The secondary ring breaks down the funding by the size of the population centre that it is being deployed in. Population size is based upon Australian Bureau of Statistics Census 2011 data and then allocated to one of five categories. The categories are:

  • Town: A town or a rural region with a population under 10,000
  • Regional Centre: A small city or rural centre with a population between 10,001 and 30,000
  • City: A city or regional centre with a population between 30,001 and 100,000
  • Large City: A city with a population between 100,001 and 500,000
  • Metropolis: Any city with a significant urban area greater than 500,000.

The outer ring shows the over allocation of funding. The amount of funding for Round 3 (Regional) was originally set at $50-million and Round 4 was $175-million as per the Ministers Forward. RDAF Round 3 was under allocated approximately 19.5-million in funding while RDAF Round 4 currently has an over allocation of $20.2-million (11.6%).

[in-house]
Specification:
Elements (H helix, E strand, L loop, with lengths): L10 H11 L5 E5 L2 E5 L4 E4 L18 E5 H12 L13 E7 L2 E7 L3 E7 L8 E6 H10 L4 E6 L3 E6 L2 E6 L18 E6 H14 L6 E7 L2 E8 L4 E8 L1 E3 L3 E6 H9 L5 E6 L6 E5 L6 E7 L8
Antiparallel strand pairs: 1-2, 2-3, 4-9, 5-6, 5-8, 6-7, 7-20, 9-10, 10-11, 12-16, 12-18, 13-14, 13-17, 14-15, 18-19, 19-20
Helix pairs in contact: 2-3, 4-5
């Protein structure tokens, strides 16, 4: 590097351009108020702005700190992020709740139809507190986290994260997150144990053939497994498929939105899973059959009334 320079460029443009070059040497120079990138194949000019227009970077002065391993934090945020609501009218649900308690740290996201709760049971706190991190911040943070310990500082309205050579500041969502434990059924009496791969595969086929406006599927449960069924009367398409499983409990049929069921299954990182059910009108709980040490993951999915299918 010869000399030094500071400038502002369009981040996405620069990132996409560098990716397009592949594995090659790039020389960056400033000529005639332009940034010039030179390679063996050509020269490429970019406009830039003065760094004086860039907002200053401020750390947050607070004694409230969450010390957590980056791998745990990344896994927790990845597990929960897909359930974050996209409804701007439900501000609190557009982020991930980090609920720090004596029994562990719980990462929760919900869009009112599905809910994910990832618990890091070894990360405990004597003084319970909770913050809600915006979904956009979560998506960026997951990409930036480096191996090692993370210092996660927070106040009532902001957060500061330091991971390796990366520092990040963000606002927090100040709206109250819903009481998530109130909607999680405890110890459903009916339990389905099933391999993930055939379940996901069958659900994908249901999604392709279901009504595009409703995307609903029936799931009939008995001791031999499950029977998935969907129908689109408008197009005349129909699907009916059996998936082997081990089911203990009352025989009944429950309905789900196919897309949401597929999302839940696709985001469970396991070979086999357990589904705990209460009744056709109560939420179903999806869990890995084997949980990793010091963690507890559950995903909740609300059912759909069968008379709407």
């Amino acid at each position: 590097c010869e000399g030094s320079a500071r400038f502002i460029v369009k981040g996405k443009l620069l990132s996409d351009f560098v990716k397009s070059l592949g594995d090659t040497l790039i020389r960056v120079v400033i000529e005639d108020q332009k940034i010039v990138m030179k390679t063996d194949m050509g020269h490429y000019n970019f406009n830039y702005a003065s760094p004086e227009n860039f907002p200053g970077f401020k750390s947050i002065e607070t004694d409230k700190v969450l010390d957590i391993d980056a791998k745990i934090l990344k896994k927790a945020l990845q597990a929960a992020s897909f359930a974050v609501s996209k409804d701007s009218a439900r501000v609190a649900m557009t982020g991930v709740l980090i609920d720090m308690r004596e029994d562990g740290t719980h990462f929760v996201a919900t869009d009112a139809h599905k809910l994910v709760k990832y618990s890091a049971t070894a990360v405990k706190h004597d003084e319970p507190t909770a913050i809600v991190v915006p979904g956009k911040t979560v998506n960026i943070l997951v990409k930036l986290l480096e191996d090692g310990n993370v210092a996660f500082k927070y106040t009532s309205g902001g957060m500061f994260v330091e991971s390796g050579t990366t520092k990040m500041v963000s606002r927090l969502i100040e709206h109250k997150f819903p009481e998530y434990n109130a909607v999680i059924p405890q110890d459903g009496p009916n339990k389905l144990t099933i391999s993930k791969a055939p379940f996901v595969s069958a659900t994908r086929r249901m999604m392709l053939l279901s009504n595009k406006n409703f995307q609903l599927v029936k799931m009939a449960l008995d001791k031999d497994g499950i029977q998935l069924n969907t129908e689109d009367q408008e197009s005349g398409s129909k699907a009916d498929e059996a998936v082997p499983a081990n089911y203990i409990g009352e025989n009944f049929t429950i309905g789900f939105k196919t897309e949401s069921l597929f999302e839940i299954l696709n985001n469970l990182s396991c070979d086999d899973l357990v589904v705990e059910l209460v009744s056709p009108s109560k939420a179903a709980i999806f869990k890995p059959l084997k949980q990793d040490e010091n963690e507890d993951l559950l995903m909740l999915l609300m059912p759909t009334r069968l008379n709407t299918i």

RDAF Round 4 Funding by State

02 - RDAFRd4_FundsbyState_130724

The next chart looks at current funding by State.

Norfolk Island, a self-governing external territory of Australia won a single project worth $13-million as part of RDAF Round 4. As at 24 July 2013 the data.gov.au website stated that:

NSW

RDA South Coast includes the external territory of Jervis Bay. In previous data releases, Lord Howe Island (part of the ABS Unincorporated NSW) was part of RDA Northern Rivers. On the 16 of August 2011, Lord Howe Island declared to be represented by Mid North Coast.

On the 28 of May 2012, there were major changes to 4 RDA boundaries with Bland moving from RDA Central West to RDA Riverina and Tumbarumba moving from RDA Southern Inland to RDA Murray.